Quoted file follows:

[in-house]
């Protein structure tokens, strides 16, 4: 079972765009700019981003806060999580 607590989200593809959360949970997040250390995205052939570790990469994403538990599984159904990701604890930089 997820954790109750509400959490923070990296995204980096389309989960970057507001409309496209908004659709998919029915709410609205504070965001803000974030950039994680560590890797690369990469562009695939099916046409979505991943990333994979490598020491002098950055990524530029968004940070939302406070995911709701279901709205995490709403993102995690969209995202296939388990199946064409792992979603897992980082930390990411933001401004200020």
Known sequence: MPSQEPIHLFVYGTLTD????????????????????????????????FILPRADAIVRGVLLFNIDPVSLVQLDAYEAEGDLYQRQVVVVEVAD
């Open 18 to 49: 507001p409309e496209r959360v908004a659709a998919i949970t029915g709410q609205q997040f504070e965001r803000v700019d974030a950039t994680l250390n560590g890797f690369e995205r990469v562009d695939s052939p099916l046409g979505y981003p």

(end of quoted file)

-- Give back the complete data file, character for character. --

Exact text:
[in-house]
């Protein structure tokens, strides 16, 4: 079972765009700019981003806060999580 607590989200593809959360949970997040250390995205052939570790990469994403538990599984159904990701604890930089 997820954790109750509400959490923070990296995204980096389309989960970057507001409309496209908004659709998919029915709410609205504070965001803000974030950039994680560590890797690369990469562009695939099916046409979505991943990333994979490598020491002098950055990524530029968004940070939302406070995911709701279901709205995490709403993102995690969209995202296939388990199946064409792992979603897992980082930390990411933001401004200020």
Known sequence: MPSQEPIHLFVYGTLTD????????????????????????????????FILPRADAIVRGVLLFNIDPVSLVQLDAYEAEGDLYQRQVVVVEVAD
């Open 18 to 49: 507001p409309e496209r959360v908004a659709a998919i949970t029915g709410q609205q997040f504070e965001r803000v700019d974030a950039t994680l250390n560590g890797f690369e995205r990469v562009d695939s052939p099916l046409g979505y981003p």